Yesterday, my health care ethics class was presented with a fictional case. A pregnant woman is in the hospital and requires a blood transfusion. She refuses the transfusion on religious grounds (she’s a Jehovah’s witness). Obviously, one ethical consideration is whether she has the right to make this decision on behalf of the fetus. One of my students responds: well, since the fetus would be raised as a Jehovah’s witness, s/he will have approved of the mother’s refusal of the transfusion should the mother survive without the recommended procedure.
The student is likely right, but the anachronistic nature of the fetus’s approval raises a fascinating puzzle. Comments on this are encouraged, as I’ve never thought through a problem like this one.
It’s not completely unfunny that James Williams has posted a comment on Leiter’s post about so-called ‘party line’ continental philosophers. Williams notes that he’s ‘slightly surprised and worried’ about having Dundee included on the list of PLC departments. This is basically my response about Duquesne’s inclusion, although I admit that I was not surprised…just worried.
Of course Williams would be one of those to respond to Leiter’s post. And of course he would respond with the response he’s given. The unfortunate part is that it doesn’t matter what his defense is. It has already been decided that the kind of work that he does, along with that of his colleagues, is of that not-really-what-we’re-looking-for in ‘scholarship’ type. Now, I think what needs to happen is that Leiter has to be more specific about methodology. General labels like ‘phenomenology’, ‘postmodernism’, ‘Derrida-approved’, are insufficient. Basically, what is it precisely that gets you on the PLC list?
Just as we need to discontinue the notion that ‘analytic philosophy’ still exists in its early twentieth-century form, or that ‘analytic philosophy’ is anything more than a convenient label (like ‘continental philosophy’), the philosophical community must be more mindful of the most recent developments in the continental world. It seems like happenings in the analytic world–especially new hires and faculty migrations–are more readily detected and tracked than they are in the continental world. Is there a Twitter account I can subscribe to to keep up with these trends? The current state of the historically continental programs should have the same degree of transparency.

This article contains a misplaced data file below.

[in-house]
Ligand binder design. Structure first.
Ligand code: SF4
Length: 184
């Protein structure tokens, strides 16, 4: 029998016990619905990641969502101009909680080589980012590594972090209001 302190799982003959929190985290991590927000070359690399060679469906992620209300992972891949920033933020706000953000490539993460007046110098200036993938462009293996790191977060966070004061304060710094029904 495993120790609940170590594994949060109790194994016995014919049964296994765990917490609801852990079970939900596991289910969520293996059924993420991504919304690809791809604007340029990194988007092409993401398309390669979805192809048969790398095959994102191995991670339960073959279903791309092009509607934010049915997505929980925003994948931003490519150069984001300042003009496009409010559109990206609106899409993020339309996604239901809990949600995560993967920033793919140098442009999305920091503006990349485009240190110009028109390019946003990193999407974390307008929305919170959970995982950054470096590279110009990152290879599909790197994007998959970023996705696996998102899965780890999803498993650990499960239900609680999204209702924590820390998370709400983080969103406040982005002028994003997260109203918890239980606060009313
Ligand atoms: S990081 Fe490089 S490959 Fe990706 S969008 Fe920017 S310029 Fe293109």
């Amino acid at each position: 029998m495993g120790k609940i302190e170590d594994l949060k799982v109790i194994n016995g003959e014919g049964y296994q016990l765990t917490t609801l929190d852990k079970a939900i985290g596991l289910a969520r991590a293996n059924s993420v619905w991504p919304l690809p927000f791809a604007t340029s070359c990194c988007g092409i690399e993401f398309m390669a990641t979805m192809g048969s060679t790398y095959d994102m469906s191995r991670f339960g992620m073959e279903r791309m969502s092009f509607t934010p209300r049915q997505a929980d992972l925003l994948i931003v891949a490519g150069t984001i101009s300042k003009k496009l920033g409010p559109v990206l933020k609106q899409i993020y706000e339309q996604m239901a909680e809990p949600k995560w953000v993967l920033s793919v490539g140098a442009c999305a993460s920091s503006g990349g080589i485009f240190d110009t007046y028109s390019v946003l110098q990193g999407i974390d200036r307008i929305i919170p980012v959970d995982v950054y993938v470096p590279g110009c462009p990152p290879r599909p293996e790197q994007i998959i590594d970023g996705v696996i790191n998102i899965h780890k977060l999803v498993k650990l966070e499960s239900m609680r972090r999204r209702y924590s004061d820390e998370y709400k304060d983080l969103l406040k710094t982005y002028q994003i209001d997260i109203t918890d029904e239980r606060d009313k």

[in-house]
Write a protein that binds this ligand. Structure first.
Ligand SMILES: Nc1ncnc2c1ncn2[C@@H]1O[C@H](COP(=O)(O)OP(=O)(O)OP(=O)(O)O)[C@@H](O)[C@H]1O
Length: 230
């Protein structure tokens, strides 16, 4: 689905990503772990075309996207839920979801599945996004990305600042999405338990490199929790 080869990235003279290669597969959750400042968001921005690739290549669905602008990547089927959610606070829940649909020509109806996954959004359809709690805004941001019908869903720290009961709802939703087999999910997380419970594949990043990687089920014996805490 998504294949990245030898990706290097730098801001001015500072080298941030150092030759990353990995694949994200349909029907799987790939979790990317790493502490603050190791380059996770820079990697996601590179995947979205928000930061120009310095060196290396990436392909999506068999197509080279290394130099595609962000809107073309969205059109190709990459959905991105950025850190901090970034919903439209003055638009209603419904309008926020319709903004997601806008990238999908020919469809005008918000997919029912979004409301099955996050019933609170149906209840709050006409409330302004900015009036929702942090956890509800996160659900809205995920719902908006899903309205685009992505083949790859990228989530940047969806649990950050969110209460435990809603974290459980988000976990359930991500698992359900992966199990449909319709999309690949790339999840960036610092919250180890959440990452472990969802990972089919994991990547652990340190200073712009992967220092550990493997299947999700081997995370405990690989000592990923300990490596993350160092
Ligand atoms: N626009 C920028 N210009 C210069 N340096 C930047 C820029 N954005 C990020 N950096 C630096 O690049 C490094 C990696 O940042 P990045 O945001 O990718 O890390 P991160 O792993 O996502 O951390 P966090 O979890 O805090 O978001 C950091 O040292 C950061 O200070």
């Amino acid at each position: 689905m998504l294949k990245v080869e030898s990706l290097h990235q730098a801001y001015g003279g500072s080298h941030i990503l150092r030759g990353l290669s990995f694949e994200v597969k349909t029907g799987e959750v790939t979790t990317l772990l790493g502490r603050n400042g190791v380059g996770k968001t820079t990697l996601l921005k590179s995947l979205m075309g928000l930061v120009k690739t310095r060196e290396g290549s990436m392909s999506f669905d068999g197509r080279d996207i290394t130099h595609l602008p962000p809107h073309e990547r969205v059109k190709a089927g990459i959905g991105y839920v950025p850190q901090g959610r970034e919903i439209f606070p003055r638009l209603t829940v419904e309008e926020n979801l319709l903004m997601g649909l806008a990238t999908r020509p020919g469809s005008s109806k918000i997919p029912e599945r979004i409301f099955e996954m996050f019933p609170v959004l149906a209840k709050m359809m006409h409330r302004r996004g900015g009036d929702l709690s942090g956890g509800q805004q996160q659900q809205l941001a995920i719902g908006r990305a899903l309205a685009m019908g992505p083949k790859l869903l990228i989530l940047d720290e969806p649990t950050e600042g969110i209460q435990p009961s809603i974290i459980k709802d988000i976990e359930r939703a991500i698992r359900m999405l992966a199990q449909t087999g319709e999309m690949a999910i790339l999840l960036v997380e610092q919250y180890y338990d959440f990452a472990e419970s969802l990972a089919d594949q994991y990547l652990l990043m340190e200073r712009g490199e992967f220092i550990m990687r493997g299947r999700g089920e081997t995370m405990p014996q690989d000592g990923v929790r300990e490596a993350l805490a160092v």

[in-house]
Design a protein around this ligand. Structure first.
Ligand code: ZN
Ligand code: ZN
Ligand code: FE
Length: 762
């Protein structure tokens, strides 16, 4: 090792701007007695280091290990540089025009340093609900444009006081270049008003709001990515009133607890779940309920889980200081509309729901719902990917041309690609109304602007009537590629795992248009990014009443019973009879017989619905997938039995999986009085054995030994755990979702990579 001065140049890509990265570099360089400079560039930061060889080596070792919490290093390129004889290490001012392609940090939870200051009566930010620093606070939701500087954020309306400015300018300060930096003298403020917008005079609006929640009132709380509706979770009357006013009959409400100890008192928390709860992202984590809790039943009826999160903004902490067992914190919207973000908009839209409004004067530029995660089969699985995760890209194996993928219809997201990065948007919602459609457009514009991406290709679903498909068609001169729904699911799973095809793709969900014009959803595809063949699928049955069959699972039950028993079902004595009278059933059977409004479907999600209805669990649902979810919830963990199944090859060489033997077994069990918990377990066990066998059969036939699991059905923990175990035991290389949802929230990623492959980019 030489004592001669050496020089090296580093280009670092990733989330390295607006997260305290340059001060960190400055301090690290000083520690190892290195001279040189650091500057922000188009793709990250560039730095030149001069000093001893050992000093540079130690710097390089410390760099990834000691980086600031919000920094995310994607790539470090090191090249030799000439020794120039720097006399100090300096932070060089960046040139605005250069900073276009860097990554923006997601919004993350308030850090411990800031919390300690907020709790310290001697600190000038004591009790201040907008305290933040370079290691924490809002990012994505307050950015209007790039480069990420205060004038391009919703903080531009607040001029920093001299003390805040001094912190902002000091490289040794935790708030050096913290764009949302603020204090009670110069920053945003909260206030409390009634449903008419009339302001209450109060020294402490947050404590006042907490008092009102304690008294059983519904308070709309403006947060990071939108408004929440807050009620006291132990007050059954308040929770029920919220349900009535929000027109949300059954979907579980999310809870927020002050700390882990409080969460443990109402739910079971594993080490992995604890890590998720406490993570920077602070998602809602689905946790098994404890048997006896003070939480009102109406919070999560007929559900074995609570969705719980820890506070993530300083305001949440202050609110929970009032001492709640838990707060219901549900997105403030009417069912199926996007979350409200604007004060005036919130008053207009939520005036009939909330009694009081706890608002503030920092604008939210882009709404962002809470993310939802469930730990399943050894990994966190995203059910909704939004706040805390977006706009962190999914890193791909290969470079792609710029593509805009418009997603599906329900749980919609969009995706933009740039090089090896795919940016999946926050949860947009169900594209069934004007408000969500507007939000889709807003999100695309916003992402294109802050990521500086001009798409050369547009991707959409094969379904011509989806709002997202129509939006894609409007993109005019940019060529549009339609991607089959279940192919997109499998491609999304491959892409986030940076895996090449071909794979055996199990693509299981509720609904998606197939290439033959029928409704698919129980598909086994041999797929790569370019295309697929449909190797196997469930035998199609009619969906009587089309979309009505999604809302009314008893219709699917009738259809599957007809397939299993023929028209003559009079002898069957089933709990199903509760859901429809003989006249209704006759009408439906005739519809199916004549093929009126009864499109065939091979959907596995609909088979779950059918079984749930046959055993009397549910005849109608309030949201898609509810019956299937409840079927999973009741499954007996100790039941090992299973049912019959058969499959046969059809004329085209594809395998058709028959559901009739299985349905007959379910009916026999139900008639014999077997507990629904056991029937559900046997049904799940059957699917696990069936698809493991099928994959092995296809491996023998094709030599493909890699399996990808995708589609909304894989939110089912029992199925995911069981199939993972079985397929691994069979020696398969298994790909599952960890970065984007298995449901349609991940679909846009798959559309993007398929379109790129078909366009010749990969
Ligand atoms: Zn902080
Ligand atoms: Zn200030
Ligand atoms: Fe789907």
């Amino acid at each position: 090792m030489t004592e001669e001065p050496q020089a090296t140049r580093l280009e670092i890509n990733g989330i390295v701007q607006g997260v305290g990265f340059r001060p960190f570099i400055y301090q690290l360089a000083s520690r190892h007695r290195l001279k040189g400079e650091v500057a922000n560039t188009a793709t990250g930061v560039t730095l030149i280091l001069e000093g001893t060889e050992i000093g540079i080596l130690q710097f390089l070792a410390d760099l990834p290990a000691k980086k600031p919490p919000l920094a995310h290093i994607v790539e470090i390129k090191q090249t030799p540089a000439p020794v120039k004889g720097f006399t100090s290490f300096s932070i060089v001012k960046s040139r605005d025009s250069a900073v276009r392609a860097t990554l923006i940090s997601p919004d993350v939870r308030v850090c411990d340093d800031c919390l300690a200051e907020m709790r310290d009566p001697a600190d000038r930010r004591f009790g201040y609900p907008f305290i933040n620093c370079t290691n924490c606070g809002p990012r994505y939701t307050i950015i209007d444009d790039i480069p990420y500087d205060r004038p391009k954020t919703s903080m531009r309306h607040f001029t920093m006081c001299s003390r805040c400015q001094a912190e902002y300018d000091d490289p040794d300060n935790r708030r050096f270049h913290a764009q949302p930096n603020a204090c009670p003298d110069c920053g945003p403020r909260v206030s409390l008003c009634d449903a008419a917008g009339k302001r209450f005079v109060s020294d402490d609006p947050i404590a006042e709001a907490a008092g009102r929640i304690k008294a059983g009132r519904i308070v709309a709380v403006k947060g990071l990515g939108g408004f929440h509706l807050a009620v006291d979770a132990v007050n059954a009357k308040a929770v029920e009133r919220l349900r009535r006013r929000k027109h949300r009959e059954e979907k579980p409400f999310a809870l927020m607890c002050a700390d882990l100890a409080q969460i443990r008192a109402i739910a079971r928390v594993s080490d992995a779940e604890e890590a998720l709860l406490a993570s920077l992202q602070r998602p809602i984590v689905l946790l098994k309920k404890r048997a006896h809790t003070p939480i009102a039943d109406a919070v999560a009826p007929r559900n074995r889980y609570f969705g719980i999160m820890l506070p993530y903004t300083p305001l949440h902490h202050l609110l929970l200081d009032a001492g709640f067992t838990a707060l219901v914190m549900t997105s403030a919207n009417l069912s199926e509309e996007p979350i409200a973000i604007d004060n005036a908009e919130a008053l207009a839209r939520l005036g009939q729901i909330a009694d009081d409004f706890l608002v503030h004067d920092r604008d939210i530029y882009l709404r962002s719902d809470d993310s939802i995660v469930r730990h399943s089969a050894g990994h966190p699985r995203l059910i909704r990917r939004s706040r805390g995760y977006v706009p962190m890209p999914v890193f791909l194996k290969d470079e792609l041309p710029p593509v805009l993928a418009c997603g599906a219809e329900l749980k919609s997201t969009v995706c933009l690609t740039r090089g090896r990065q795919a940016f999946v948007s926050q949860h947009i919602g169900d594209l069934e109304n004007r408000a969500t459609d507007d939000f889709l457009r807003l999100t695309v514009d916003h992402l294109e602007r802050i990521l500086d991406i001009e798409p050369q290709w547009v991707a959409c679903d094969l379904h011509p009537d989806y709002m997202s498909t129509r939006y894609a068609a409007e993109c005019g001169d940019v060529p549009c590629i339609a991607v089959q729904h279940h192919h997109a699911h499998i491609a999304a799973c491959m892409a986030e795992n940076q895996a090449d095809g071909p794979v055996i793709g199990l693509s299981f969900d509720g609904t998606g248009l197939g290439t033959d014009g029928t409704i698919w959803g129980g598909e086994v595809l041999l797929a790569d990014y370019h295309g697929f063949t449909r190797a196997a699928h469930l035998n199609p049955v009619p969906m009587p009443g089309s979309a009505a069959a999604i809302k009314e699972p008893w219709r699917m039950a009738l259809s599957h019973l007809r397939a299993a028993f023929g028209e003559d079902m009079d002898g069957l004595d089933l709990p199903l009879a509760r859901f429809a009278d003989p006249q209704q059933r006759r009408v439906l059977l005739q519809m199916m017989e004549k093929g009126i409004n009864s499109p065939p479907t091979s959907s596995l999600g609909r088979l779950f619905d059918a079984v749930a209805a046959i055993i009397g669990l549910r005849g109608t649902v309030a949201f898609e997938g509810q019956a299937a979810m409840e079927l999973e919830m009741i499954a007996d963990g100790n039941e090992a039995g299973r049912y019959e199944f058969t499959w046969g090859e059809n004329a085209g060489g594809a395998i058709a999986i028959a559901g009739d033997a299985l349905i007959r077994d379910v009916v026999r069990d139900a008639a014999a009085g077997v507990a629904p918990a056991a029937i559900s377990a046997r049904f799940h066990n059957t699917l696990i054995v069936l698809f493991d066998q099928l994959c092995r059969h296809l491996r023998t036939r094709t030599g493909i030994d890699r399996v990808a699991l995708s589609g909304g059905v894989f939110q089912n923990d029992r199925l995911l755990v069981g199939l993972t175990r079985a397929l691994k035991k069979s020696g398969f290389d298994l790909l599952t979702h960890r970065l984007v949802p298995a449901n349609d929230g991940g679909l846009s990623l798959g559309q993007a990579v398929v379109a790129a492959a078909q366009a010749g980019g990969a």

I’m pretty certain that Brian Leiter’s assessment of philosophy graduate programs remains influential, which is why posts like this hinder the progress of graduates from continental philosophy programs. I’ve posted some comments on Leiter’s page, and won’t recall them here. Suffice it to say that, although he denies that there is a determinate rift between ‘analytic’ and ‘continental’ philosophers, he nevertheless promotes the myth in his denial. The effective injury of this myth results from his nomination of certain graduate programs (Duquesne included) as ‘party line continental’. Despite his attempt to cast doubt on the notion that there is a homogeneous tradition known as ‘continental philosophy’, and his dismissal of postmodernist and deconstructive theory (which I sympathize with, mind you), the rhetoric of his post continues to cast suspicion on philosophy programs waving the continental flag. This suspicion can only put us at a disadvantage–we who seek employment in philosophy departments nationwide.
The difficult bit to swallow is that I don’t substantially disagree with Leiter’s critique of continental philosophy carried out in the ‘party line’ spirit, and I have almost no gripe with his rejection of so-called postmodernism. I would simply like to see Duquesne’s name dissociated from his critique. I’m sure that students in other continental programs would desire the same, but I cannot speak on their behalf. (I note, however, that Derrida has much more influence in many of the other American continental programs than he does at Duquesne.)
The ironic part: I don’t even know any party line philosophers among my colleagues–claiming some kind of philosophical purity for what ‘we’ do is just not something any of my colleagues would do. Unmasking the myth of such purity is one of the hallmarks of continental philosophy (understood in the popular sense).
Now I’ve regained internet access at home. I’ve had it for some weeks now, but I’ve been away from blogging trying to get my dissertation ready for defense. In related news, I will defend on Thursday, November 19. I’ve also been busy thinking and planning a spring course on love, sex, and friendship. This is the first time I’m teaching it and I’m quite enthusiastic, also having trouble narrowing down the course readings. Recommendations are welcomed.
I’ll resume substantial posts shortly. Until then, here’s something to chew on at Brian Leiter’s blog.